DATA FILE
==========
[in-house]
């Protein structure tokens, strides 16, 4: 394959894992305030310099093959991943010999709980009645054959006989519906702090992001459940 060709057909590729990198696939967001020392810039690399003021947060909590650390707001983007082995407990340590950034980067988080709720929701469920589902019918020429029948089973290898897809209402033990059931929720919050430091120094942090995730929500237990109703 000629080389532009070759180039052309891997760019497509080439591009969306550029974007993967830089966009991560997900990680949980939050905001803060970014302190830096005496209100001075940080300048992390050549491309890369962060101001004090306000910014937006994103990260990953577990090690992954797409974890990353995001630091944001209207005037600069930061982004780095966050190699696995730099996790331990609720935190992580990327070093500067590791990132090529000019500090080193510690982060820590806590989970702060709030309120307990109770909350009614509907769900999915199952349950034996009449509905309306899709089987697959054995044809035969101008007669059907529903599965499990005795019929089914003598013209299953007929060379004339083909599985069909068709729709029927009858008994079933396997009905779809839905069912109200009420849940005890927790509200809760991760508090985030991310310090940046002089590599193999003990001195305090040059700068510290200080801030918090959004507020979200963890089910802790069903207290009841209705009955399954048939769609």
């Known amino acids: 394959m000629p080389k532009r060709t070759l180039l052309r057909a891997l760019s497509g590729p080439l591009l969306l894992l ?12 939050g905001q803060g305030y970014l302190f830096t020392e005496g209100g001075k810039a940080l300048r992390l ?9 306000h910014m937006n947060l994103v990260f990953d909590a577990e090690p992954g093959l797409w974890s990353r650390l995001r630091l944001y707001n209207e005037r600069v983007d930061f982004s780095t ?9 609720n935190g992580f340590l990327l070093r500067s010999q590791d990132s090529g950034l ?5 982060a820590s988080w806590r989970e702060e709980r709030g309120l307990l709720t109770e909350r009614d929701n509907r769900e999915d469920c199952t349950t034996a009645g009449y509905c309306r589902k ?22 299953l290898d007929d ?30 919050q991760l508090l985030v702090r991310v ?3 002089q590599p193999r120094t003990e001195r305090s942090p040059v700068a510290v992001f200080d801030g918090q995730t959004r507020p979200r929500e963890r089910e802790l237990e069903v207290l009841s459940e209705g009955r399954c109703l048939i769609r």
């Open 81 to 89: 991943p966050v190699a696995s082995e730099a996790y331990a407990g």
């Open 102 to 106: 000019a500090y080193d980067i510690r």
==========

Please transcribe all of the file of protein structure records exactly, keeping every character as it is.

[in-house]
């Protein structure tokens, strides 16, 4: 394959894992305030310099093959991943010999709980009645054959006989519906702090992001459940 060709057909590729990198696939967001020392810039690399003021947060909590650390707001983007082995407990340590950034980067988080709720929701469920589902019918020429029948089973290898897809209402033990059931929720919050430091120094942090995730929500237990109703 000629080389532009070759180039052309891997760019497509080439591009969306550029974007993967830089966009991560997900990680949980939050905001803060970014302190830096005496209100001075940080300048992390050549491309890369962060101001004090306000910014937006994103990260990953577990090690992954797409974890990353995001630091944001209207005037600069930061982004780095966050190699696995730099996790331990609720935190992580990327070093500067590791990132090529000019500090080193510690982060820590806590989970702060709030309120307990109770909350009614509907769900999915199952349950034996009449509905309306899709089987697959054995044809035969101008007669059907529903599965499990005795019929089914003598013209299953007929060379004339083909599985069909068709729709029927009858008994079933396997009905779809839905069912109200009420849940005890927790509200809760991760508090985030991310310090940046002089590599193999003990001195305090040059700068510290200080801030918090959004507020979200963890089910802790069903207290009841209705009955399954048939769609």
């Known amino acids: 394959m000629p080389k532009r060709t070759l180039l052309r057909a891997l760019s497509g590729p080439l591009l969306l894992l ?12 939050g905001q803060g305030y970014l302190f830096t020392e005496g209100g001075k810039a940080l300048r992390l ?9 306000h910014m937006n947060l994103v990260f990953d909590a577990e090690p992954g093959l797409w974890s990353r650390l995001r630091l944001y707001n209207e005037r600069v983007d930061f982004s780095t ?9 609720n935190g992580f340590l990327l070093r500067s010999q590791d990132s090529g950034l ?5 982060a820590s988080w806590r989970e702060e709980r709030g309120l307990l709720t109770e909350r009614d929701n509907r769900e999915d469920c199952t349950t034996a009645g009449y509905c309306r589902k ?22 299953l290898d007929d ?30 919050q991760l508090l985030v702090r991310v ?3 002089q590599p193999r120094t003990e001195r305090s942090p040059v700068a510290v992001f200080d801030g918090q995730t959004r507020p979200r929500e963890r089910e802790l237990e069903v207290l009841s459940e209705g009955r399954c109703l048939i769609r």
């Open 81 to 89: 991943p966050v190699a696995s082995e730099a996790y331990a407990g």
């Open 102 to 106: 000019a500090y080193d980067i510690r």